- Exact Match Domains (EMDs) are domain names that match a popular search phrase. This used to be a huge advantage in getting top ranking for that particular key word in the search results. It’s no longer the silver bullet, but it still carries some weight providing it is attached to a good website with worthwhile content.
- Slight Modifications*: If you primary domain is taken, try adding a word, or an abbreviation to the end. For example, is long gone, but www.DigitalMarketingOC.com will do nicely if you happen to be located in Orange County CA like we are. Note that people read from left to right, and by putting the abbreviation on the end, we are able to take advantage of a process called “stemming” where we as human beings can visually pick out the full words and compensate for the abbreviation at the end. Also, OC has some cachet and recognition in our local area.
- Geo-Target: www.GeneratorRental.com may be gone,but what about www.GeneratorRentalHouston.com, www.GeneratorRentalPhoenix.com,etc.?
*Some Legal Considerations:
Some slight modifications could inadvertently result in copyright issues. You may want to check out this article by NOLO.com.
Care and Feeding of Your Domain:
Keep track of ownership:
Often a business assigns the domain registration to an employee who eventually leaves the company and no one has the registration information to make changes, or even to renew it. This is surprisingly common. The domain should be assigned to standard alias like (info@...) and the records should be kept along with all the other important company info. If you have an IT department, it should be their responsibility.
Buying for Defense:
There is always a lot of debate about buying all the variations and combinations of your domain name. The rule of thumb is; if you can afford it…buy it! Why? Because anyone who is likely to buy a similar domain name as yours is likely to be a competitor of sorts. If you buy it first, you just took it off the market and gained a competitive advantage.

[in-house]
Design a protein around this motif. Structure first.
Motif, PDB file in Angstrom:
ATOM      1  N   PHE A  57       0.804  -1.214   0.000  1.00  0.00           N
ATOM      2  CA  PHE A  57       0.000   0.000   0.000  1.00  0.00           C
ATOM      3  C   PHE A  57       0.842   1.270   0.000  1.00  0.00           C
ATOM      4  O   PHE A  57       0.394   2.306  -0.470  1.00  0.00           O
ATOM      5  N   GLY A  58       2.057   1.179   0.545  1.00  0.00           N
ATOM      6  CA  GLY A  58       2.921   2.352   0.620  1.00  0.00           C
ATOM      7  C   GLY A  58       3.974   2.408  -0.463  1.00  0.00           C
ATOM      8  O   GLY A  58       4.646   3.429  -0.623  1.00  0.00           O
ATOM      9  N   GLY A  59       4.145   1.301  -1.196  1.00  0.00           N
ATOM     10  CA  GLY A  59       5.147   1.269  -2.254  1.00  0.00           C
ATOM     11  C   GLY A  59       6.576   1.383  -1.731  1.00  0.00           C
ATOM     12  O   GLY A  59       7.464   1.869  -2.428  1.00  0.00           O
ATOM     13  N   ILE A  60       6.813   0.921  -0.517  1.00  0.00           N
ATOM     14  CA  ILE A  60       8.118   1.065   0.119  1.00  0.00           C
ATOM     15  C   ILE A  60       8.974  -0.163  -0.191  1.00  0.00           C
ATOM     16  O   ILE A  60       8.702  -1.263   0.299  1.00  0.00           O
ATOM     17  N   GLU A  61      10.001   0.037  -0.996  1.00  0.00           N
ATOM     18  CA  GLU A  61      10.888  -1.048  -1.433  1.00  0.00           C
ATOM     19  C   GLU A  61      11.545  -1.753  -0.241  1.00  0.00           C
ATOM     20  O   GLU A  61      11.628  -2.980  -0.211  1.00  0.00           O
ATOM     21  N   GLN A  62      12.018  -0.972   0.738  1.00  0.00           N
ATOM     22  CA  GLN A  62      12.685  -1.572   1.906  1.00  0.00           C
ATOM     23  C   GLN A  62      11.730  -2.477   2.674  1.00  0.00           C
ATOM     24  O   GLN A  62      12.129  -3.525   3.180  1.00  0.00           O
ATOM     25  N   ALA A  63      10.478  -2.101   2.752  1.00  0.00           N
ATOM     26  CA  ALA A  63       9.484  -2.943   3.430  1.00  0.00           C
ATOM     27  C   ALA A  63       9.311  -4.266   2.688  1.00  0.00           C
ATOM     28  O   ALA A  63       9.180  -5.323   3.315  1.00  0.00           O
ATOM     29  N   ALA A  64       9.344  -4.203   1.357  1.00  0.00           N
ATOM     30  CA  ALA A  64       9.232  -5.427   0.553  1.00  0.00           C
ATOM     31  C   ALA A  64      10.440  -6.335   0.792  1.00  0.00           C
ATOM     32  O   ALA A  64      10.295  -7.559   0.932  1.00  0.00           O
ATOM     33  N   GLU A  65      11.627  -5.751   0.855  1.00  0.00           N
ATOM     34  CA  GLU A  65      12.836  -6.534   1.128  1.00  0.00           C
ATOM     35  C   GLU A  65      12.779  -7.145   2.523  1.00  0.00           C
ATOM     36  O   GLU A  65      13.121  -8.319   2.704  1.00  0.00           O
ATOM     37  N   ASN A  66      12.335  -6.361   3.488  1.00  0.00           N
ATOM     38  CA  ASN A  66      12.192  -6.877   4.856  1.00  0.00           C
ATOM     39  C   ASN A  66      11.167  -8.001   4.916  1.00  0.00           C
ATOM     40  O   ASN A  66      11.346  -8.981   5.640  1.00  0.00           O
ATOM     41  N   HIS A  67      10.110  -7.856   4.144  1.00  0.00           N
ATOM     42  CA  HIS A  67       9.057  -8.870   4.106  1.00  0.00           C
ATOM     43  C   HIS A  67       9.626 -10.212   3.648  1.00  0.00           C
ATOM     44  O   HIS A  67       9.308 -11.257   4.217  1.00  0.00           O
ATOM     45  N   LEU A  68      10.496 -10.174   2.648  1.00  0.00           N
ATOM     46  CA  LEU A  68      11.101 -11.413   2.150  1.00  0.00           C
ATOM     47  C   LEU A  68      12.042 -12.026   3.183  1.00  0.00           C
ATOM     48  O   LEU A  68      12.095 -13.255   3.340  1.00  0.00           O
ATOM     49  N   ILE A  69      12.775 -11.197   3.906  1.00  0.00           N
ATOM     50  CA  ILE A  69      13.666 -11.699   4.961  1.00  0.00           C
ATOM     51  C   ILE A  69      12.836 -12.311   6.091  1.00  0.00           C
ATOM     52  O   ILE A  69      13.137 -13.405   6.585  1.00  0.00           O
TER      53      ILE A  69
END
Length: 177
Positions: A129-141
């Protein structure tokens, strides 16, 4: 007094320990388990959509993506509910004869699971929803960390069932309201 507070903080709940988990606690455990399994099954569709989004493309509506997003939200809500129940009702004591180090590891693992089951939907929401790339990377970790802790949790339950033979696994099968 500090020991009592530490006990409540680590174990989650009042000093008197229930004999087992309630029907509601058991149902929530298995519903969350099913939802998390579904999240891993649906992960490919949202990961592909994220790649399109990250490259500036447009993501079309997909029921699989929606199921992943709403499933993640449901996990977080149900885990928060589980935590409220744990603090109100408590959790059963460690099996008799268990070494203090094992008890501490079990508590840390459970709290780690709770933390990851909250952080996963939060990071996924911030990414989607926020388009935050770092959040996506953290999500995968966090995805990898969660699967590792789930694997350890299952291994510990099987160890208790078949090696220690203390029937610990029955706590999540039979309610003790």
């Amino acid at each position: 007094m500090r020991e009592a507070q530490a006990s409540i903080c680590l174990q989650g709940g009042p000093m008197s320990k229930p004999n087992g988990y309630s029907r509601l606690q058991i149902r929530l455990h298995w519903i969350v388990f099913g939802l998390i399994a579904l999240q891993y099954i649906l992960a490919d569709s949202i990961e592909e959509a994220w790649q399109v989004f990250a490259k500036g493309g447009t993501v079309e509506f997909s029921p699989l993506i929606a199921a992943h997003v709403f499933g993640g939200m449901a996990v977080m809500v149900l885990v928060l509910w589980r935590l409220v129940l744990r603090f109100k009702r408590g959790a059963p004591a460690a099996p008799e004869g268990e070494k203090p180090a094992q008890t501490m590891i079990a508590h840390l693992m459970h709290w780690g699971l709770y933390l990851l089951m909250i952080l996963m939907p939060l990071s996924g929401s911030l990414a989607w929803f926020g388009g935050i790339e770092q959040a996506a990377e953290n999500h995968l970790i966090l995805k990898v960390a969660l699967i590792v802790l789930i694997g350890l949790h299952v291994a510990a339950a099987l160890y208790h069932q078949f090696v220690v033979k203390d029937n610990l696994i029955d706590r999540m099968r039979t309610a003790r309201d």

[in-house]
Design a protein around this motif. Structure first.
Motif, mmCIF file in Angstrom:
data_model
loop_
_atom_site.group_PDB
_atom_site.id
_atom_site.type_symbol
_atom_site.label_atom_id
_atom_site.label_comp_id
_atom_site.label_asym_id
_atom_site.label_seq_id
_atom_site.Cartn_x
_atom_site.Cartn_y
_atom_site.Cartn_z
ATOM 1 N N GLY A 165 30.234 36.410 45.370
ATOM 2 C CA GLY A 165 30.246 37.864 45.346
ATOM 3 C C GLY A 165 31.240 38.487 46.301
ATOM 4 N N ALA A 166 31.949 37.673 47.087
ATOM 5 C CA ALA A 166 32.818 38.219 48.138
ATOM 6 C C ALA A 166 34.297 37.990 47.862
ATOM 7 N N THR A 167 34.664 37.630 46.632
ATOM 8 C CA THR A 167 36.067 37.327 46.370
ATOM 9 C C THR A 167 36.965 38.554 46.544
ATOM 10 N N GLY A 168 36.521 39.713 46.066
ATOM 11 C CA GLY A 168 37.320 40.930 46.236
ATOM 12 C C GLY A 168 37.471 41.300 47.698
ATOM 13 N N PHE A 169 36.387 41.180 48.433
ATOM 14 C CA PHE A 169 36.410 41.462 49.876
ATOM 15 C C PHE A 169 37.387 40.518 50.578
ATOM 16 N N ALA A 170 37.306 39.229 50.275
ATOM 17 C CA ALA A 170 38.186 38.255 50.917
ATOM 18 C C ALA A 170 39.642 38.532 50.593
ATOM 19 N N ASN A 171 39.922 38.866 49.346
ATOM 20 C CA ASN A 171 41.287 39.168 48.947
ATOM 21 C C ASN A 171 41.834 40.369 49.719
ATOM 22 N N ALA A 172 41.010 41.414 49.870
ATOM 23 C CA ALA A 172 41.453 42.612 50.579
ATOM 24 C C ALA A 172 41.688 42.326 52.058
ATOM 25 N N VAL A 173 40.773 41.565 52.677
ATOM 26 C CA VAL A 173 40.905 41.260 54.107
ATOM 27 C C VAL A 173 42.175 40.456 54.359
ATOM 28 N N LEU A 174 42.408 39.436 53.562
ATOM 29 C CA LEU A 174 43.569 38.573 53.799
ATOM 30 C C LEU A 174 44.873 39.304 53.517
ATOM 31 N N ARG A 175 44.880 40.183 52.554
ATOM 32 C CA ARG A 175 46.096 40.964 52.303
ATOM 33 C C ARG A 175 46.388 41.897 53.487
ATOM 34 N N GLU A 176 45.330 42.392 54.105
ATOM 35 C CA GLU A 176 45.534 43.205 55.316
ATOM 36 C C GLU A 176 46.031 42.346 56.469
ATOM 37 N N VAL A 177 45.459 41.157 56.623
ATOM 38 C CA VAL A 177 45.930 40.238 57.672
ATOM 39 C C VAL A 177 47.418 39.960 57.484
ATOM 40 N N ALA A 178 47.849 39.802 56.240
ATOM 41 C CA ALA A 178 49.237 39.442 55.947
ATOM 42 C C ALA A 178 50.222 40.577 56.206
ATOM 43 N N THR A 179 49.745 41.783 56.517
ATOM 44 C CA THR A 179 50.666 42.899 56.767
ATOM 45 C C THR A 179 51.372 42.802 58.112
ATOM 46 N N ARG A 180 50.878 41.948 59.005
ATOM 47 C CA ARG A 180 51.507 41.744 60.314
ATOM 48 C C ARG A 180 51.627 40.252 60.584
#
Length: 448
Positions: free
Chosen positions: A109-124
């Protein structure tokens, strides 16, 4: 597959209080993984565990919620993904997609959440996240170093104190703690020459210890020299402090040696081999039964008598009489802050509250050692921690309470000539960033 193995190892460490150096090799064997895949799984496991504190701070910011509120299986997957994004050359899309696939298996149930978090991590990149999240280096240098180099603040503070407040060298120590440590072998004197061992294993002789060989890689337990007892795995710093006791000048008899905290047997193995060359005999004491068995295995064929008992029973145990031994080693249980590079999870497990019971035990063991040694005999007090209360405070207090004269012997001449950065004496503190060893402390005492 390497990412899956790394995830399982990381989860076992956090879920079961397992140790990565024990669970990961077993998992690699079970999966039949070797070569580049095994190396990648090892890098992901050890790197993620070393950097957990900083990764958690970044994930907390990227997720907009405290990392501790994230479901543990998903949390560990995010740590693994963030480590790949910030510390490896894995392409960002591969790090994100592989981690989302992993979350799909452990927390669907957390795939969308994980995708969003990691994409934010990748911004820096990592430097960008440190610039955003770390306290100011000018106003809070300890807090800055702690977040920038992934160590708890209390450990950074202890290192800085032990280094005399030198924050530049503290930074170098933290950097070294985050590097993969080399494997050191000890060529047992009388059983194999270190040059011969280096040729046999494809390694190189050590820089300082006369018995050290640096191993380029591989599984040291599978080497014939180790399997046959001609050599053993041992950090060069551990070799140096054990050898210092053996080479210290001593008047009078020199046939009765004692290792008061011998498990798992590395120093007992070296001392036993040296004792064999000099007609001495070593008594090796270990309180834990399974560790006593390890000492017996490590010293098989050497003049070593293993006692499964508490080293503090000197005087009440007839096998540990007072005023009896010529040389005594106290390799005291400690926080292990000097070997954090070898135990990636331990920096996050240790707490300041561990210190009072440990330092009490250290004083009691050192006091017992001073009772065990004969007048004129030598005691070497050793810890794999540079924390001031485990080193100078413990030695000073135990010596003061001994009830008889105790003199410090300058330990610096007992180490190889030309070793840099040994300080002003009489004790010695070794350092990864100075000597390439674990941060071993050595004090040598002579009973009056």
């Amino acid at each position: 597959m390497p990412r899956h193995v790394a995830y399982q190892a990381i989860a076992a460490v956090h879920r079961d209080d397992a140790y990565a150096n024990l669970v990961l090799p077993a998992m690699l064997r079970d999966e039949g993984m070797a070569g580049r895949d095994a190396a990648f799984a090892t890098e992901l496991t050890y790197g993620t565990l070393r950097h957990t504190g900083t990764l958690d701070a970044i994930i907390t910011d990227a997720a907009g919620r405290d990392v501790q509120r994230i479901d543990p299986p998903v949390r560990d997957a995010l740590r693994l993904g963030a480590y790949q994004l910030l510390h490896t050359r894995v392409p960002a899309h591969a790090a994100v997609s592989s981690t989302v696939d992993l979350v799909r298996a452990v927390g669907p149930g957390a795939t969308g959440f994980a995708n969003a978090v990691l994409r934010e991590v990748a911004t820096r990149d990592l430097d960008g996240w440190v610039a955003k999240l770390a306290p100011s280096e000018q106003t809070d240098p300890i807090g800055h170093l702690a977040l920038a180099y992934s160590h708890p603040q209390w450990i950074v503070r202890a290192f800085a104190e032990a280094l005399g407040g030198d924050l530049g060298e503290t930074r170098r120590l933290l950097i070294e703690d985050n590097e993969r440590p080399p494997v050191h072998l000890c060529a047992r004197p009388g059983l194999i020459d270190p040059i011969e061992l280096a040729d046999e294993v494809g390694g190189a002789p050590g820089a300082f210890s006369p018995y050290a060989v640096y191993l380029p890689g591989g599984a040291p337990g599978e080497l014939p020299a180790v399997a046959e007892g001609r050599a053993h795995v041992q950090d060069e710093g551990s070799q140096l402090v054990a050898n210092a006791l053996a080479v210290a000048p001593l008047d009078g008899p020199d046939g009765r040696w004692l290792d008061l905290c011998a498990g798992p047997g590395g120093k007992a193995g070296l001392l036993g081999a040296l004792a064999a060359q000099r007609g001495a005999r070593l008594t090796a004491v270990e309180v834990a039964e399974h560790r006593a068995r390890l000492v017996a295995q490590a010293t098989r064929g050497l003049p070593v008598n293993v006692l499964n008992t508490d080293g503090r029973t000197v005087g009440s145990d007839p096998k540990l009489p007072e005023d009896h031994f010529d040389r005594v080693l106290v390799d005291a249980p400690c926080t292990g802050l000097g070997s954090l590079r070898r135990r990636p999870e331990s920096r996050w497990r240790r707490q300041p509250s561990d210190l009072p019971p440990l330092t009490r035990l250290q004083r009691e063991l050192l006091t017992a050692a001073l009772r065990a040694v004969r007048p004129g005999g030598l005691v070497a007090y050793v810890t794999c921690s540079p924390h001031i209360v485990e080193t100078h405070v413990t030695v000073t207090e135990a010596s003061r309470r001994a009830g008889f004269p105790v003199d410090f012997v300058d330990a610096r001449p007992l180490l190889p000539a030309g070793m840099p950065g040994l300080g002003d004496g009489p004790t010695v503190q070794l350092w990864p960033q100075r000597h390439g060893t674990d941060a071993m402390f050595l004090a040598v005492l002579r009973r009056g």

When a domain name is purchased, it goes into a database that is easily accessible to Google and the other search engines. Buying a domain name for one-year is a signal that you only have a temporary use for the domain, or that it may be for some spam like activity. Conversely buying a domain for 5 or 10 years shows long term commitment and weighs in your favor when search engines evaluate your website for placement in the search results.
Domains that have been around a while with an untarnished history, or even better, a track record of good search results have an advantage. These would be the type of “used” domains that you would want to purchase if you didn’t start from scratch.
Some domain names are forever tarnished. They may have been associated with bad content (Porn or hate sites). More recently these include websites that have a history of “Black Hat” SEO practices that are counter to Google’s Webmaster Guidelines.
At the end of the day, your domain name is the center of your company’s digital identity. Your Social presence, your corporate branding and your company email all come back to your domain selection. It’s worth spending some time on because it can be expensive to undo later.